71 million internally displaced people worldwide

BATHINDA: With the reported increase of almost 20% over the previous year, the number of internally displaced persons (IDPs) worldwide reached 71 million by the end of 2022, according to THE Internal Displacement Observatory (IDMC) annual report.
The number of movements in which people fled in search of safety and shelter, sometimes more than once, was also unprecedented in 2022 at 60.9 million, a 60% increase from to the previous year. The conflict in Ukraine caused nearly 17 million displacements as people repeatedly fled fast-moving front lines, and monsoon floods in Pakistan caused 8.2 million, a quarter of the displacements related to global disasters of the year.
“Today’s displacement crises are growing in scale, complexity and scope, and factors such as food insecurity, climate change and escalating and protracted conflict are adding new layers to this phenomenon,” said IDMC Director Alexandra Bilak. “Greater resources and more in-depth research are essential to help understand and better meet the needs of displaced people,” he added.
Internal displacement is a global phenomenon, but almost three quarters of the world’s displaced people live in just 10 countries – Syria, Afghanistan, the Democratic Republic of Congo (DRC), Ukraine, Colombia, Ethiopia, Yemen, Nigeria, Somalia and Sudan – many as a result of unresolved conflicts that continued to cause significant displacement in 2022.
Conflict and violence have caused 28.3 million internal displacements worldwide, a figure three times higher than the annual average for the past decade. Beyond Ukraine, nine million, or 32% of the global total, were recorded in sub-Saharan Africa. The DRC had about four million and Ethiopia just over two million.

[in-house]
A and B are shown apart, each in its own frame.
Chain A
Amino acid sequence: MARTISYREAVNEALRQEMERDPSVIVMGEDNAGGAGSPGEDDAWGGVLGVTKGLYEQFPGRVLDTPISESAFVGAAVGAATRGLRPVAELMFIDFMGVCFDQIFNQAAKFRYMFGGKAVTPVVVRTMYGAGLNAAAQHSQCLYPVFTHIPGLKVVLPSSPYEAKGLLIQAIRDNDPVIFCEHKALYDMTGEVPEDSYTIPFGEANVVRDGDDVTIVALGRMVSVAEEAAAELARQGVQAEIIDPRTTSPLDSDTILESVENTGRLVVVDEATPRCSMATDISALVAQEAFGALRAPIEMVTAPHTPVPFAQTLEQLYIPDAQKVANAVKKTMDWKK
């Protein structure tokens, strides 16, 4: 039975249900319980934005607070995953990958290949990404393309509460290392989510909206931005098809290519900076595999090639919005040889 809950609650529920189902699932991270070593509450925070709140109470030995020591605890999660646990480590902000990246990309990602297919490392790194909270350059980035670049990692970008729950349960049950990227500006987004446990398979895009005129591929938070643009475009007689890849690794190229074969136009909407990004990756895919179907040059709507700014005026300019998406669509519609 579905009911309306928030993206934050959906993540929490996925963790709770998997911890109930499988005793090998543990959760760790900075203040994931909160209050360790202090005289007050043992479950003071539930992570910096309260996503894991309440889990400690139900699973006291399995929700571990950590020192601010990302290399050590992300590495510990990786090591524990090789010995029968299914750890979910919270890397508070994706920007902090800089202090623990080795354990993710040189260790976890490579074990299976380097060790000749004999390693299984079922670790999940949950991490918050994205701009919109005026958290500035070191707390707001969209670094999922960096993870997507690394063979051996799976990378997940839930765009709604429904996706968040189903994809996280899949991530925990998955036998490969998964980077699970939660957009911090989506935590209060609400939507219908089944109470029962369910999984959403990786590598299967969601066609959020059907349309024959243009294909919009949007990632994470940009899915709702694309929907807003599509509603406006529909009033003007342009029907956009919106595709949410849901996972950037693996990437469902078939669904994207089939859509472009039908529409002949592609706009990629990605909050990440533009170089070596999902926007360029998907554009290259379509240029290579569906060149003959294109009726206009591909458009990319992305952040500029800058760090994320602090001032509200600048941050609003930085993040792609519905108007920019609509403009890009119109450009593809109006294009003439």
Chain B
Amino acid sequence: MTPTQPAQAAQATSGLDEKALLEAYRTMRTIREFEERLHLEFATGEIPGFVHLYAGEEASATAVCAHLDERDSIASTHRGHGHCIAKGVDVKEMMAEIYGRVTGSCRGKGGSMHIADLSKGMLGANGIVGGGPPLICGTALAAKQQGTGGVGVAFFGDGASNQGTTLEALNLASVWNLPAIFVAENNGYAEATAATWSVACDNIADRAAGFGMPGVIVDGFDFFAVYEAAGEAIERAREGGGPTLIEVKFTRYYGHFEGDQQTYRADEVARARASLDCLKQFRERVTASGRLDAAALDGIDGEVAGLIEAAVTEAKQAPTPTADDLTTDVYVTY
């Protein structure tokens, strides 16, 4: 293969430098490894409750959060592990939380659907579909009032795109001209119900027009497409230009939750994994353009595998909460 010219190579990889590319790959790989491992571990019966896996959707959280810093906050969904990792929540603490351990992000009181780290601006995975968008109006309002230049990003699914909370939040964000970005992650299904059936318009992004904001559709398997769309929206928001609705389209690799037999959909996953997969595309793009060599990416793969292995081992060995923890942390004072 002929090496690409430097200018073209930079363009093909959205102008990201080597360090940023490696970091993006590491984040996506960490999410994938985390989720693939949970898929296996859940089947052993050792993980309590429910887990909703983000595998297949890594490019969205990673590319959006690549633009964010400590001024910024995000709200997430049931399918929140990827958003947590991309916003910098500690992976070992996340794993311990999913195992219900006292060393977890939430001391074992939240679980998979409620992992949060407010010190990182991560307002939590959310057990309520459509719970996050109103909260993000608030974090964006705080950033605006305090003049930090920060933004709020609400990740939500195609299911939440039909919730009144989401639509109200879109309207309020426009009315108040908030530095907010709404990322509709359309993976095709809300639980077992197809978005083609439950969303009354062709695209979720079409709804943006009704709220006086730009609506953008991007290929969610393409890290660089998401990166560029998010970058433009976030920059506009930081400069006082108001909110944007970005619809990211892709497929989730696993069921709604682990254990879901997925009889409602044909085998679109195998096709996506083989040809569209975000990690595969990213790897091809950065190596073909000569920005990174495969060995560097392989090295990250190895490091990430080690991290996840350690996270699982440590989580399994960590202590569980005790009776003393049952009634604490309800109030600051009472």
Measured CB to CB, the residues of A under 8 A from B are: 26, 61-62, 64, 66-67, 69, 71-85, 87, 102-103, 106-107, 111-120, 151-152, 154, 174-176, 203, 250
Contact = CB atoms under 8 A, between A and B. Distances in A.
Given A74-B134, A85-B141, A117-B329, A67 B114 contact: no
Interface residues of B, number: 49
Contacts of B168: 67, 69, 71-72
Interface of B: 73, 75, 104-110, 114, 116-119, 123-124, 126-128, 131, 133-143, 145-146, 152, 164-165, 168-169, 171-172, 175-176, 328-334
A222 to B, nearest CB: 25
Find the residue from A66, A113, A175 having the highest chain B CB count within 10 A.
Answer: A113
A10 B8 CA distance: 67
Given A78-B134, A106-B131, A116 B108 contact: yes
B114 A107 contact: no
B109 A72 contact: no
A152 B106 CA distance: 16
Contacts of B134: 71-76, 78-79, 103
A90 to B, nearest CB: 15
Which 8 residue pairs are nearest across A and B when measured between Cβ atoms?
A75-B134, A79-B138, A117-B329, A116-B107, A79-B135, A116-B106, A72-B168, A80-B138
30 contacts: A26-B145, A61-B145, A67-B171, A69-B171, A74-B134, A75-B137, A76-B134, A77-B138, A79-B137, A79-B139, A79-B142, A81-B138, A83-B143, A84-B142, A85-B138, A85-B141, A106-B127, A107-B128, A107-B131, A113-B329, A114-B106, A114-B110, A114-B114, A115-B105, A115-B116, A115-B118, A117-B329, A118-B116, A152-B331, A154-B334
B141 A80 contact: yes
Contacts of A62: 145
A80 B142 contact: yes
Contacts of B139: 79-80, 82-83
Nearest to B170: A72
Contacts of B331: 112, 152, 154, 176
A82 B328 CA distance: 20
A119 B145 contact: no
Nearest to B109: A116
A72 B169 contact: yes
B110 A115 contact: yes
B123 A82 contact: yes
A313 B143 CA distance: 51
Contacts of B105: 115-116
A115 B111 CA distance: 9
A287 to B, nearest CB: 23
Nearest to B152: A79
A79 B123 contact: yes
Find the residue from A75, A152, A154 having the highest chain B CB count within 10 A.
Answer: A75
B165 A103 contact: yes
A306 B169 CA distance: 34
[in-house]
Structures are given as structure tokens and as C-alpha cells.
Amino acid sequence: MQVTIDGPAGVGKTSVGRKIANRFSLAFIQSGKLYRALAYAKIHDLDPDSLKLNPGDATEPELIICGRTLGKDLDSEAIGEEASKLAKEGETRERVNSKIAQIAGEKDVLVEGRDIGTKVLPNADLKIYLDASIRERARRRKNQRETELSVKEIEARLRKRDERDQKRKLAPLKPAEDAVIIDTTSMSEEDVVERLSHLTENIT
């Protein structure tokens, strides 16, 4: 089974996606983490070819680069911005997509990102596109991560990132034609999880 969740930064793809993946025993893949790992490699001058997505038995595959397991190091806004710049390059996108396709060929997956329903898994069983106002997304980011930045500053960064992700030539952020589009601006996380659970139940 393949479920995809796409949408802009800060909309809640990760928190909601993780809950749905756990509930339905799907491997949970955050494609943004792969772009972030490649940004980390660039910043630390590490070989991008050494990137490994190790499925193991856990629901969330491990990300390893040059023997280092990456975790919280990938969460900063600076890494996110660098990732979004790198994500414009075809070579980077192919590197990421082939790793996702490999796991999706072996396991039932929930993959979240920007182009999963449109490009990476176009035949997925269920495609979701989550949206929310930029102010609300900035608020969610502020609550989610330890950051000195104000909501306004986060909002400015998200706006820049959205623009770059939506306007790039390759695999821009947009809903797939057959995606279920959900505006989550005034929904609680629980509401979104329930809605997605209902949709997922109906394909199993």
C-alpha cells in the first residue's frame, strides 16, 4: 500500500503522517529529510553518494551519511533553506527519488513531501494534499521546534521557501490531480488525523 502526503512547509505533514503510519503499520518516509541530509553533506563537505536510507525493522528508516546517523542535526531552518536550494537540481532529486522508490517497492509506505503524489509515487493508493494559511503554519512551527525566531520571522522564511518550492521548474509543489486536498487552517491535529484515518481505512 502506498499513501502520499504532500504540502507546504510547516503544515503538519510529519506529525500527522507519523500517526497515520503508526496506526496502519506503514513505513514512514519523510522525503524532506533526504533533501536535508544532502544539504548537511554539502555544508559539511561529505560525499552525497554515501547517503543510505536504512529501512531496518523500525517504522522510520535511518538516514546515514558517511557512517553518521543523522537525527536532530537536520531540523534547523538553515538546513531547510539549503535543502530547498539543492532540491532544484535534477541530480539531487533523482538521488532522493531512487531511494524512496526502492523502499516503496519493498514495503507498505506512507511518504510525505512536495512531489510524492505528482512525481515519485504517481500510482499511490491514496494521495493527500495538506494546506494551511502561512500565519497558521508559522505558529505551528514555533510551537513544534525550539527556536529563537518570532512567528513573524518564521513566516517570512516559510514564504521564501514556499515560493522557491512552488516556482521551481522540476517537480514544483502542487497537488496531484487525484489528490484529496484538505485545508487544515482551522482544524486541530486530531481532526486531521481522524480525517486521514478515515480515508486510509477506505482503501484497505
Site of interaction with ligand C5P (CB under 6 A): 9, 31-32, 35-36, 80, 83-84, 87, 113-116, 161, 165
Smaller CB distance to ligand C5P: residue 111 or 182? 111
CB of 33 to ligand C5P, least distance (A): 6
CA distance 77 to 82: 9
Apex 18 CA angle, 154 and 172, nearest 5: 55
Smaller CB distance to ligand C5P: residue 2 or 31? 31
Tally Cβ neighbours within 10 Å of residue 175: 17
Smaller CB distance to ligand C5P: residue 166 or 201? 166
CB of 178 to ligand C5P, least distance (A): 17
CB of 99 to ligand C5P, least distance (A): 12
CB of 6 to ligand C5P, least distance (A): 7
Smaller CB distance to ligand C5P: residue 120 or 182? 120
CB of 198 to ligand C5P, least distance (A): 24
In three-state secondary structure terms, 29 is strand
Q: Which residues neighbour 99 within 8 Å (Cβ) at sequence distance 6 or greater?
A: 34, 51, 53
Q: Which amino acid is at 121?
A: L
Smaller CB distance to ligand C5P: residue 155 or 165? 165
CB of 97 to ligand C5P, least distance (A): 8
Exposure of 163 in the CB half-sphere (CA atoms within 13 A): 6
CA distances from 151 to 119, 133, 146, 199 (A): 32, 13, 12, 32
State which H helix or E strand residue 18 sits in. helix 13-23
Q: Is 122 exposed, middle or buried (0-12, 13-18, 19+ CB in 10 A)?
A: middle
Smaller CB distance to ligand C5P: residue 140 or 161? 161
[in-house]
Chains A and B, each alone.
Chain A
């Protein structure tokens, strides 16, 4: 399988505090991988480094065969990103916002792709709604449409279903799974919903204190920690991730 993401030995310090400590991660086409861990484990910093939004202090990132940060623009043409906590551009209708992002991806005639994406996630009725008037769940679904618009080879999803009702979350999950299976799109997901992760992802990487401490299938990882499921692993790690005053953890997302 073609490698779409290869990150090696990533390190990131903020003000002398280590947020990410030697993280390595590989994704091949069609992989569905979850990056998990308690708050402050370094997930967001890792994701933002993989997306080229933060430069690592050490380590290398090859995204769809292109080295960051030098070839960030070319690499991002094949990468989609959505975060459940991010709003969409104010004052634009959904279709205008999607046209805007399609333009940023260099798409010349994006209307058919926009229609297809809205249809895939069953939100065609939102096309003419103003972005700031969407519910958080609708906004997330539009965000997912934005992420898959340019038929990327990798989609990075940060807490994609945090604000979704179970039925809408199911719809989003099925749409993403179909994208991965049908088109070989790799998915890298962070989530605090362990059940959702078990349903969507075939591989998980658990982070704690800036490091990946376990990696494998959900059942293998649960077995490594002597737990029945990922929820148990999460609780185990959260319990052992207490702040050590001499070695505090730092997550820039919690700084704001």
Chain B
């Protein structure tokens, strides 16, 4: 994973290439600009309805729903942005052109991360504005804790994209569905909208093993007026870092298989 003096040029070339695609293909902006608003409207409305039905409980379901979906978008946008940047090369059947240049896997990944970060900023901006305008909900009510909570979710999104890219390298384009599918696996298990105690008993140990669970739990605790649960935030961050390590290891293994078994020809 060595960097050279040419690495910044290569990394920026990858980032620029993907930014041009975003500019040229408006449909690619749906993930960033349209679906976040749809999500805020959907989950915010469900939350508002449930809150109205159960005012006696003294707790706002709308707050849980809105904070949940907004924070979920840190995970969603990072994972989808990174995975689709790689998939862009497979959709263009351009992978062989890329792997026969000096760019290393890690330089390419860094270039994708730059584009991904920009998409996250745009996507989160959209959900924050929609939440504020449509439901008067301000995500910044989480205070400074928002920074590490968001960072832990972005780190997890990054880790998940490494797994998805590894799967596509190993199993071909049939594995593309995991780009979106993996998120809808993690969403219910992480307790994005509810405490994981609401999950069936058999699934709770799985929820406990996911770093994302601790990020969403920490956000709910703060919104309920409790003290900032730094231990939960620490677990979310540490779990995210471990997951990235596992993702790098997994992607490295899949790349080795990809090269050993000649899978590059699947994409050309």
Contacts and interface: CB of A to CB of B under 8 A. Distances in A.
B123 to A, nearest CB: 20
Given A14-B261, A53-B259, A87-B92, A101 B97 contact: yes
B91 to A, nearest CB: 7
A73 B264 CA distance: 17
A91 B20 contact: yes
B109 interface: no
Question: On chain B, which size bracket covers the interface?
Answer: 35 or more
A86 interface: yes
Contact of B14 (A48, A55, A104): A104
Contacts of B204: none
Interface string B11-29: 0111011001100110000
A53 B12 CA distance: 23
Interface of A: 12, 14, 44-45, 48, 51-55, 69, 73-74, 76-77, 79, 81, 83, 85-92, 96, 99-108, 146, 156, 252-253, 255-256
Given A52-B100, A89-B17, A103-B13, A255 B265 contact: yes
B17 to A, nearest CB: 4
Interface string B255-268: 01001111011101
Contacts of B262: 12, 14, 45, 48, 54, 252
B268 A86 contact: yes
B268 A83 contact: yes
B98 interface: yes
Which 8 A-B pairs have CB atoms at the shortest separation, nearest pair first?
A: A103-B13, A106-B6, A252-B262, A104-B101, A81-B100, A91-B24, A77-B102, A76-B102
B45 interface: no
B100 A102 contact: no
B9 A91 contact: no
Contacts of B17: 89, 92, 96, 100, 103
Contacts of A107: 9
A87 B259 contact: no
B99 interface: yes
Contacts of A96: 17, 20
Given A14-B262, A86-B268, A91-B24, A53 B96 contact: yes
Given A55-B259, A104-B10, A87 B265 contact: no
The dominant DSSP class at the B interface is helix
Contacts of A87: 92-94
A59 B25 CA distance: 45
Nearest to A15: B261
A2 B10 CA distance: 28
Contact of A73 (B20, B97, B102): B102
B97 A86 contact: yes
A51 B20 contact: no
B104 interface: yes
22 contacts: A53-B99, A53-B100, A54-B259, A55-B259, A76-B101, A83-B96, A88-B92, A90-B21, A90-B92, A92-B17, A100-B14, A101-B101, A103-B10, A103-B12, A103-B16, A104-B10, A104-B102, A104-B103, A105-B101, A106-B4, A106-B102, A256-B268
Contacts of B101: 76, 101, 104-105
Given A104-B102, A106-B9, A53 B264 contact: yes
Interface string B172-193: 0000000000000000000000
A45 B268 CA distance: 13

The number of disaster-related displacements increased by almost 40% compared to the previous year, reaching 32.6 million, mainly due to the effects of La Niña which continued for the third consecutive year. South Asia recorded the highest regional figure, overtaking East Asia and the Pacific for the first time in a decade. In the Horn of Africa, the worst drought in 40 years has triggered 2.1 million movements, including 1.1 million in Somalia alone, while fueling acute food insecurity across the region.
The general secretary of the Norwegian Refugee Council Jan Egeland described the overlapping crises around the world as a “perfect storm”.
“Conflicts and disasters have combined over the past year to deepen people’s pre-existing vulnerabilities and inequalities, causing displacement on a scale never seen before,” he said. “The war in Ukraine has also fueled a global food security crisis that has hit internally displaced people the hardest. This perfect storm has undermined years of progress made in reducing hunger and malnutrition around the world.
Better data and analysis are still needed to improve understanding of the relationship between food security and displacement, but IDMC’s report shows that the former is often a consequence of the latter and can have lasting impacts on people. displaced and host communities. Three-quarters of countries facing critical levels of food insecurity are also hosting displaced people.
Shedding light on this link is key to understanding how displaced people are affected by disruptions to food systems, but also how future investments in food security will be key to finding solutions.
“There is a growing need for durable solutions to address the scale of the challenges facing displaced people,” Bilak said. strengthen the resilience of their communities.


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